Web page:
Sound Unseen, the continuing films-about-music festival, moves to First Ave tonight for the Minnesota premiere of “Girl Walk // All Day,” an interactive screening and dance party. A feature-length dance music video by filmmaker Jacob Krupnick, “Girl Walk” follows three dancers across New York City. Shot entirely in public spaces, funded through Kickstarter, set to the music of “All Day,” the 2010 album by mash-up DJ Gregg Gillis (aka Girl Talk), it was a hit at SXSW earlier this year. Here’s the trailer. I saw a screener and it’s joyous. Amazing young dancers (the rebellious Girl, the elegant Gentleman, the Creep in skeleton sweats) and high-energy dancing in streets, subways, parks, Bloomie’s and Yankee Stadium, on escalators, sidewalks, and the Staten Island ferry. The crowd reactions (which range from NYC indifference to joining in) are interesting to watch, and the language is colorful, so 18+. The film screens twice. The first screening is followed by a dance performance by Mathew Janczewski’s Arena Dances, the second is accompanied by a TBA DJ spinning over it. Doors at 8, show at 9. FMI and tickets.

Girl Walk // All Day premieres in Minnesota at First Avenue on FridayCourtesy Sound Unseen“Girl Walk // All Day” premieres in Minnesota at First Avenue on Friday

Filmmakers, the MNTV 2012 Call for Entries is on now. Deadline for submission is next Wednesday, June 20. Curated by the Minnesota Center for Media Arts (IFP MN) and the Walker, MNTV showcases the finest films and videos produced in the state over the past two years. The winners are featured in three one-hour broadcasts on TPT. FMI.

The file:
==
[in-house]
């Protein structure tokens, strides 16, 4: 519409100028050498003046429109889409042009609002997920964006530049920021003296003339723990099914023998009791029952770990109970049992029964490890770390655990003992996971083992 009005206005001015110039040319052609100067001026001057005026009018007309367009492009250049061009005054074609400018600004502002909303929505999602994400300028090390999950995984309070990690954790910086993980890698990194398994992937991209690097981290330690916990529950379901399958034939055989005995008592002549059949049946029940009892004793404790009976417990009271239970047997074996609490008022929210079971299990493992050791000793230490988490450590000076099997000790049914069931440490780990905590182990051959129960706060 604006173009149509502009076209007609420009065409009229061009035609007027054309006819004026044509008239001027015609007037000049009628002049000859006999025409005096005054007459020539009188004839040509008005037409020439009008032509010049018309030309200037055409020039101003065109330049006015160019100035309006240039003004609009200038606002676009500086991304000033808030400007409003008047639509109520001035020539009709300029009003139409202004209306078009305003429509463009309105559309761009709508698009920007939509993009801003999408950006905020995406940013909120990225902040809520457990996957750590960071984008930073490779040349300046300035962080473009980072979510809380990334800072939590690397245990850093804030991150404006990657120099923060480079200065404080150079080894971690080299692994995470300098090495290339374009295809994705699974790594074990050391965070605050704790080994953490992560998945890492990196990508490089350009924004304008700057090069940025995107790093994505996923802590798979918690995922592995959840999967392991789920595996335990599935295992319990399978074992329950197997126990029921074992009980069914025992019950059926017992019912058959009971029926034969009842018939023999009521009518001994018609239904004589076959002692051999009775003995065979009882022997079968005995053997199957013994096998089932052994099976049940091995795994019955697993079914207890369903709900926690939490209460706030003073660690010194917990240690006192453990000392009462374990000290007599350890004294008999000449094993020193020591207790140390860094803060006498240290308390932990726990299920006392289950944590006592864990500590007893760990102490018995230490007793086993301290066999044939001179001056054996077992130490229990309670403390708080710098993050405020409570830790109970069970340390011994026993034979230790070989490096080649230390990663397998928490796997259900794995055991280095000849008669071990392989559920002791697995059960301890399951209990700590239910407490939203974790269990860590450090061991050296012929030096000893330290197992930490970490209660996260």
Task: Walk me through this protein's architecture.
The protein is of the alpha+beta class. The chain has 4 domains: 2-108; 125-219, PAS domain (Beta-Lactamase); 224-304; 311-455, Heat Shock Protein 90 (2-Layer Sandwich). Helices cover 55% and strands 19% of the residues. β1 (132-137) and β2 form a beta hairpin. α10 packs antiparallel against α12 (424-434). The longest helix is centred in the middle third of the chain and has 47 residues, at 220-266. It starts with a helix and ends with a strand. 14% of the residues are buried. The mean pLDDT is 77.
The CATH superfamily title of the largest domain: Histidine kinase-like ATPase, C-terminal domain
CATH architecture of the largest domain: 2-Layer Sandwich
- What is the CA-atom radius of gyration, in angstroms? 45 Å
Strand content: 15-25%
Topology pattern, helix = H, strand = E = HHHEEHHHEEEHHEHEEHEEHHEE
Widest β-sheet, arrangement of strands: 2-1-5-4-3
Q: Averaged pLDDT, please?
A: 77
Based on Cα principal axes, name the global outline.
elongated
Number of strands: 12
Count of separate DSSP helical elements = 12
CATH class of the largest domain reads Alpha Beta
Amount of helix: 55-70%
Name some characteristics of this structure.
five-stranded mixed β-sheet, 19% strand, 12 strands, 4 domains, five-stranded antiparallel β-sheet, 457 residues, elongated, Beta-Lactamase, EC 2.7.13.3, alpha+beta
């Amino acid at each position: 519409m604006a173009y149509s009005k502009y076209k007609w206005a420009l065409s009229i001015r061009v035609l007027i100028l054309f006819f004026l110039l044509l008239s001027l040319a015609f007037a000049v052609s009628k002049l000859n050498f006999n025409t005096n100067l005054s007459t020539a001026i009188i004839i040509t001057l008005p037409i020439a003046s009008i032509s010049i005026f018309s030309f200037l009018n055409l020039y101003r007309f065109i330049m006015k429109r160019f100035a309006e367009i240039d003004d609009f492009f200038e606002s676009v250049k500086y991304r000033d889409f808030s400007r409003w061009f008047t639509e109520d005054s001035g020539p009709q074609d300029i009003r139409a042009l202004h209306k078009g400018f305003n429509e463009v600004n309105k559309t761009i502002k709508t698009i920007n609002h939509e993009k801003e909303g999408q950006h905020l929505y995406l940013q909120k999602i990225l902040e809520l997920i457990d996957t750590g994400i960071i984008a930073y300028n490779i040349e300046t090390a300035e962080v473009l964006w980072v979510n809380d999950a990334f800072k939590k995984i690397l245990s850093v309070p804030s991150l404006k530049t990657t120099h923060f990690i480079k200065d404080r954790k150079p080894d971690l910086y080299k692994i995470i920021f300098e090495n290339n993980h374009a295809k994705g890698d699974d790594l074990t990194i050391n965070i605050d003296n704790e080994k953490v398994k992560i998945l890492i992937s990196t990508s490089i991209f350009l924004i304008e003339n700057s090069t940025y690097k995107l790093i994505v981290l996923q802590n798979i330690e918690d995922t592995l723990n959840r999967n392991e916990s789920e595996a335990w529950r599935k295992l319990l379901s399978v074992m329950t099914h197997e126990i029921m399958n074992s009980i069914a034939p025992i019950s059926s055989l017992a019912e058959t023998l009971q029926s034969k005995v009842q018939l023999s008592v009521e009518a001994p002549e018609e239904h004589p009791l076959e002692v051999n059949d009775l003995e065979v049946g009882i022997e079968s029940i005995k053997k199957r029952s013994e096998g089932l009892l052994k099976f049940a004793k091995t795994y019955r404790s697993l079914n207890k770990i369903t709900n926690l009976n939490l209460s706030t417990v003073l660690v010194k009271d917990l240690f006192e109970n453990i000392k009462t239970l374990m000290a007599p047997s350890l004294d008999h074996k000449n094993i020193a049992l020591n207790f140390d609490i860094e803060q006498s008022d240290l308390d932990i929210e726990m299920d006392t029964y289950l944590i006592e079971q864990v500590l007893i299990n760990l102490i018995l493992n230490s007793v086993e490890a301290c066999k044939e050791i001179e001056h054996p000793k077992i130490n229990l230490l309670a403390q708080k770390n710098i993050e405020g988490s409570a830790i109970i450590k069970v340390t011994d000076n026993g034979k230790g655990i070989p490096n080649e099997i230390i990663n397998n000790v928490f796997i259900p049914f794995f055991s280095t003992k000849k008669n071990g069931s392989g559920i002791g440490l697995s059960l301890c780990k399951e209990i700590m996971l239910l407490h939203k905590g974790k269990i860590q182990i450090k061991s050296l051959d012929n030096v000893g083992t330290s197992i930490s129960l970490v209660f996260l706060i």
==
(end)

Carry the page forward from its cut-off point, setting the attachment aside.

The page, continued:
Father’s Day is Sunday and tickets are still available to “Tying the Knot: Songs for Our Fathers” at the Fitz. Curated and hosted by award-winning actor, vocalist and arts educator T. Mychael Rambo, funded in part by legacy money, it’s a celebration of fatherhood in songs, images, stories and dance, with a focus on African-American culture and the voices of black men. Performers include Marion McClinton, Jearlyn Steele, Bruce Henry, Julius Collins, Alexs Pate, Carlyle Brown, Shá Cage, Aimee Bryant, Tonia Hughes-Kendrick and M.anifest. 8 p.m. FMI. Tickets at the Fitzgerald box office until 5 p.m. today (no fees) or Ticketmaster. Earlier on Sunday, a Father’s Day festival and photography exhibit at the Wilder Center includes a performance stage, activities, and an arts-and-crafts workshop with Tacoumba Aiken. Free and open to the public, 11 a.m. – 2 p.m.